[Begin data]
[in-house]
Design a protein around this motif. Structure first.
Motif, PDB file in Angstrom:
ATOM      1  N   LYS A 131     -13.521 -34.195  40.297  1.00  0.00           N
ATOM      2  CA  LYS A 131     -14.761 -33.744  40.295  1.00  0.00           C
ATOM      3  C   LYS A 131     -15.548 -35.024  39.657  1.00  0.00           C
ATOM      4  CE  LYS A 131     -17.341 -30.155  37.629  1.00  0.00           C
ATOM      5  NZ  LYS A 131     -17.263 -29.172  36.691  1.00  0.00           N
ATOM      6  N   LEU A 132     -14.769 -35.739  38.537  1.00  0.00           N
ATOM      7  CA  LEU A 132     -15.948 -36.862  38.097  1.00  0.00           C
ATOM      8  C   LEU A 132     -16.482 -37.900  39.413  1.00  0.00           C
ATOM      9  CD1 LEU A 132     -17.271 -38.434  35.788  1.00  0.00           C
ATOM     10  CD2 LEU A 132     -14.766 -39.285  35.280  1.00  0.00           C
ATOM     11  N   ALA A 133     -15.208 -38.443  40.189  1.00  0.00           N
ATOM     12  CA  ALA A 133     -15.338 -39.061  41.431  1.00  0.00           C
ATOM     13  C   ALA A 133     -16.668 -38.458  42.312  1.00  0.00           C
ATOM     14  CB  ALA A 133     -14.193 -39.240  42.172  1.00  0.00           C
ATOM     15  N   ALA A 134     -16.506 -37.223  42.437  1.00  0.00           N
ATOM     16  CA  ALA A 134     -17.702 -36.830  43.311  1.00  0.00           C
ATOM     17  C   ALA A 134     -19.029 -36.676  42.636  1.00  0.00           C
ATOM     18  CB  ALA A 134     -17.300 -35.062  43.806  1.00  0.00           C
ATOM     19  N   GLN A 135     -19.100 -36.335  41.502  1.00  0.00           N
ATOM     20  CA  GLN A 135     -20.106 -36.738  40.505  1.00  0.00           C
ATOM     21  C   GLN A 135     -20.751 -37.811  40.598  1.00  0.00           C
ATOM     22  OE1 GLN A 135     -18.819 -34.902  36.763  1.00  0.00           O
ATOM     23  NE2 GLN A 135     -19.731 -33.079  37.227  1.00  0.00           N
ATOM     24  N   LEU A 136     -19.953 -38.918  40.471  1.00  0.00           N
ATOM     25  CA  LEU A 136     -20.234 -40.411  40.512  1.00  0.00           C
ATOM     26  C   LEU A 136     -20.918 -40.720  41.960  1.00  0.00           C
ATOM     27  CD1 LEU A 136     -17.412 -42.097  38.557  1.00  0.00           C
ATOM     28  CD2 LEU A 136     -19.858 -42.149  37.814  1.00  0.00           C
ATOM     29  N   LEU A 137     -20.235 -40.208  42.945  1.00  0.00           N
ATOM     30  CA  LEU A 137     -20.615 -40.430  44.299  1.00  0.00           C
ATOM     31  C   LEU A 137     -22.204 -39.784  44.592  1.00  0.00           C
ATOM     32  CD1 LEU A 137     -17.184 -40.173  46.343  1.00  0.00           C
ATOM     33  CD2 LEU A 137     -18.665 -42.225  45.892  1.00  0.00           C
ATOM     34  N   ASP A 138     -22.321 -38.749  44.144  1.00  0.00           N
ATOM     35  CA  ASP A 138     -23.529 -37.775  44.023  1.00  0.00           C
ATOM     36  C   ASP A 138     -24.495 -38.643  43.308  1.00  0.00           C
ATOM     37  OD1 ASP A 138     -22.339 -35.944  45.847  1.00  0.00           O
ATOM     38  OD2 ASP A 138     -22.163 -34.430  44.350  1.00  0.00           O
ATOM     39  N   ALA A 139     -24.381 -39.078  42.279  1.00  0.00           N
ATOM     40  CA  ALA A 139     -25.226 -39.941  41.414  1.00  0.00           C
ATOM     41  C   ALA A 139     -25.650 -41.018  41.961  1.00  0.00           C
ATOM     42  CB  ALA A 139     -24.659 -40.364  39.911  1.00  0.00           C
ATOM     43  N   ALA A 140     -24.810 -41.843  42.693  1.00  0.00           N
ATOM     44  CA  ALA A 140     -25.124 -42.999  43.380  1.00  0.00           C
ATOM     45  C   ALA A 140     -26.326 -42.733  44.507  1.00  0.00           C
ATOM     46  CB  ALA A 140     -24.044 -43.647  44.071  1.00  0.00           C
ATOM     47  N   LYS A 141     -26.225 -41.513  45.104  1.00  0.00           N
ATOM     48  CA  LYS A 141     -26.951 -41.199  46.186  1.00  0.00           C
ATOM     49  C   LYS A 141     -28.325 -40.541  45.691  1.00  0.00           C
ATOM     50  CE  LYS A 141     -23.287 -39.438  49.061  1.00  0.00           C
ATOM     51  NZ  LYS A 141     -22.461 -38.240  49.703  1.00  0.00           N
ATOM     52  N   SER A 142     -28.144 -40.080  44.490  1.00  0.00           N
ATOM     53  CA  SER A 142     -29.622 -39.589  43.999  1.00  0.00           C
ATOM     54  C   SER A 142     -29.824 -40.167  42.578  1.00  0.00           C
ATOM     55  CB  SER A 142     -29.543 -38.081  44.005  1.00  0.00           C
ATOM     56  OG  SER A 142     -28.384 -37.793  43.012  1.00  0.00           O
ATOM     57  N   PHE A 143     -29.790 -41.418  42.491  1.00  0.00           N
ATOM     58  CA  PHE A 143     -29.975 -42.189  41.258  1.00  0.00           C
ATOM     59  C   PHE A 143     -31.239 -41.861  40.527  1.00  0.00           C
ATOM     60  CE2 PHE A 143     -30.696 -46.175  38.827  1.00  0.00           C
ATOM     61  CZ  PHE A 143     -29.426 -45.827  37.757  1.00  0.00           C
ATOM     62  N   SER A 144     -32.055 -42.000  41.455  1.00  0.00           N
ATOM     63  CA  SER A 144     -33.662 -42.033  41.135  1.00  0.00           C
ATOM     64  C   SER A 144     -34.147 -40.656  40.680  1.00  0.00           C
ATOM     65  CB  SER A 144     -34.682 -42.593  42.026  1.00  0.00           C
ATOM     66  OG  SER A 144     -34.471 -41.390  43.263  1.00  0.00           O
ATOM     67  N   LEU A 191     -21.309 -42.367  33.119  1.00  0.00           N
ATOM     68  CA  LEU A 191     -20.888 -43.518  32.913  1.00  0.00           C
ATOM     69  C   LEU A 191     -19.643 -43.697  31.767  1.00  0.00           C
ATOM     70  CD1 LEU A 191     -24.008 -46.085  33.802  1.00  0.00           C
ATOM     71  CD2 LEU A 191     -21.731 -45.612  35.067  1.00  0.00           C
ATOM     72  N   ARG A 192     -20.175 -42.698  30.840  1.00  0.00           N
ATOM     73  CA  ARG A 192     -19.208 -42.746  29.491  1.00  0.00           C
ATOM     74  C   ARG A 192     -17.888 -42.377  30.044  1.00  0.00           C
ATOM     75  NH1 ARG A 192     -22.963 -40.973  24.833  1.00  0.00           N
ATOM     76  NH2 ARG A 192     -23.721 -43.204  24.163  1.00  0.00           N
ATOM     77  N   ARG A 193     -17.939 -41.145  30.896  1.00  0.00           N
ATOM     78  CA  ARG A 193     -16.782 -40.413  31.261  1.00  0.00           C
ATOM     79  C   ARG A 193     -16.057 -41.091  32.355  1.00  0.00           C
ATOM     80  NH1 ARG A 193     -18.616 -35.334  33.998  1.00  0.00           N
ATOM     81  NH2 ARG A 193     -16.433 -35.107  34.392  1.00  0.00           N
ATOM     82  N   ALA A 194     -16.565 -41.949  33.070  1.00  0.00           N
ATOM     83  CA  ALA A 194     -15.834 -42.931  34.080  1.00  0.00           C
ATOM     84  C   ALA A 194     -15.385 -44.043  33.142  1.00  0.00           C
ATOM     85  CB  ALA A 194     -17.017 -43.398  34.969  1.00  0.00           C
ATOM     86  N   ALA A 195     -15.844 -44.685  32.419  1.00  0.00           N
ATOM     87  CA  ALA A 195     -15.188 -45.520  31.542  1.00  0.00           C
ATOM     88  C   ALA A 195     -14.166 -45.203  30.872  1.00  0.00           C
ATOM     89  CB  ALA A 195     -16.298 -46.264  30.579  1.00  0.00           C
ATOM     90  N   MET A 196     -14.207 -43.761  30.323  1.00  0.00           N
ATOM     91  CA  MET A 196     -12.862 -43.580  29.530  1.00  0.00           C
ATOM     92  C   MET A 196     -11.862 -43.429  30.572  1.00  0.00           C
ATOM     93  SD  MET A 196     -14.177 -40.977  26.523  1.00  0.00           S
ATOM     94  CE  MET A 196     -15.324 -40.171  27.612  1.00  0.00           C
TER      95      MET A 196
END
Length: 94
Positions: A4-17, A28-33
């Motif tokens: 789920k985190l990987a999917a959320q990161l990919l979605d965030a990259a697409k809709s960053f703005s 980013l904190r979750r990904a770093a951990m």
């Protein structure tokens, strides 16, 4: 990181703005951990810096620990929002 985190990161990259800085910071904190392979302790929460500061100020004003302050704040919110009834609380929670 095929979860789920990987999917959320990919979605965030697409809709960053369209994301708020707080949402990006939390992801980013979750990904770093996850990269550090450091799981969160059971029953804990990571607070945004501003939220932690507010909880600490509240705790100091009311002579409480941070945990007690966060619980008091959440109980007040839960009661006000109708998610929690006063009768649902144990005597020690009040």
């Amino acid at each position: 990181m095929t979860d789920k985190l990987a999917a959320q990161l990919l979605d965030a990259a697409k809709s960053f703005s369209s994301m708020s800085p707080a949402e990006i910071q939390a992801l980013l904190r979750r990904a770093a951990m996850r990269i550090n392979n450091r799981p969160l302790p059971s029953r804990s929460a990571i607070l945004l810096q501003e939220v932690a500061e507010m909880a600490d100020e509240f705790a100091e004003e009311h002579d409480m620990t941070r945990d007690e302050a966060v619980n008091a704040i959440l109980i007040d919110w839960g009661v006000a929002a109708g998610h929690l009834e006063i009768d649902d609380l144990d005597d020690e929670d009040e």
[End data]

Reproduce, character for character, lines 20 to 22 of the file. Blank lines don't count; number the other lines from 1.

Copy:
ATOM     17  C   ALA A 134     -19.029 -36.676  42.636  1.00  0.00           C
ATOM     18  CB  ALA A 134     -17.300 -35.062  43.806  1.00  0.00           C
ATOM     19  N   GLN A 135     -19.100 -36.335  41.502  1.00  0.00           N